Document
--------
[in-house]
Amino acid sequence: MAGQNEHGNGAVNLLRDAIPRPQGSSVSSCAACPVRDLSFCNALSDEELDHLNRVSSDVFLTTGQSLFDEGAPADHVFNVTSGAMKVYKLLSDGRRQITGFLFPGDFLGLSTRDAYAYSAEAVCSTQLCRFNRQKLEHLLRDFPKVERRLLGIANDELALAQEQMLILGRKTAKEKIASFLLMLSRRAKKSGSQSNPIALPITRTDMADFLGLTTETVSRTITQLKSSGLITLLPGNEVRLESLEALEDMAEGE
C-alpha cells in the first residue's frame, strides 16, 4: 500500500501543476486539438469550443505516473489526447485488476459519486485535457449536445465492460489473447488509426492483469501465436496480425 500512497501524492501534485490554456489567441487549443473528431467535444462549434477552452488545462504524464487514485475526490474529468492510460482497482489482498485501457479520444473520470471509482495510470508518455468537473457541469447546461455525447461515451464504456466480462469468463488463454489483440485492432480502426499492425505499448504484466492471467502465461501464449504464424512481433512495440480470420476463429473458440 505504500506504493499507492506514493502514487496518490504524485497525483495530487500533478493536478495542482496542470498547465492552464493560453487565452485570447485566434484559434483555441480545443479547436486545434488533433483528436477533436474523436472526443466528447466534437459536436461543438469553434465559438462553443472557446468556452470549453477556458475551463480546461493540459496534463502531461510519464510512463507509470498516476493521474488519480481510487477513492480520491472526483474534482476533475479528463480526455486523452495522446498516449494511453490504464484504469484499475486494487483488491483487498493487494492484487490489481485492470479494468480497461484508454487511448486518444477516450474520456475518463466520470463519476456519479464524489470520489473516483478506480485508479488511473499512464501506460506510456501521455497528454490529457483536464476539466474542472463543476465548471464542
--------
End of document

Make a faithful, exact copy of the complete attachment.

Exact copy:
[in-house]
Amino acid sequence: MAGQNEHGNGAVNLLRDAIPRPQGSSVSSCAACPVRDLSFCNALSDEELDHLNRVSSDVFLTTGQSLFDEGAPADHVFNVTSGAMKVYKLLSDGRRQITGFLFPGDFLGLSTRDAYAYSAEAVCSTQLCRFNRQKLEHLLRDFPKVERRLLGIANDELALAQEQMLILGRKTAKEKIASFLLMLSRRAKKSGSQSNPIALPITRTDMADFLGLTTETVSRTITQLKSSGLITLLPGNEVRLESLEALEDMAEGE
C-alpha cells in the first residue's frame, strides 16, 4: 500500500501543476486539438469550443505516473489526447485488476459519486485535457449536445465492460489473447488509426492483469501465436496480425 500512497501524492501534485490554456489567441487549443473528431467535444462549434477552452488545462504524464487514485475526490474529468492510460482497482489482498485501457479520444473520470471509482495510470508518455468537473457541469447546461455525447461515451464504456466480462469468463488463454489483440485492432480502426499492425505499448504484466492471467502465461501464449504464424512481433512495440480470420476463429473458440 505504500506504493499507492506514493502514487496518490504524485497525483495530487500533478493536478495542482496542470498547465492552464493560453487565452485570447485566434484559434483555441480545443479547436486545434488533433483528436477533436474523436472526443466528447466534437459536436461543438469553434465559438462553443472557446468556452470549453477556458475551463480546461493540459496534463502531461510519464510512463507509470498516476493521474488519480481510487477513492480520491472526483474534482476533475479528463480526455486523452495522446498516449494511453490504464484504469484499475486494487483488491483487498493487494492484487490489481485492470479494468480497461484508454487511448486518444477516450474520456475518463466520470463519476456519479464524489470520489473516483478506480485508479488511473499512464501506460506510456501521455497528454490529457483536464476539466474542472463543476465548471464542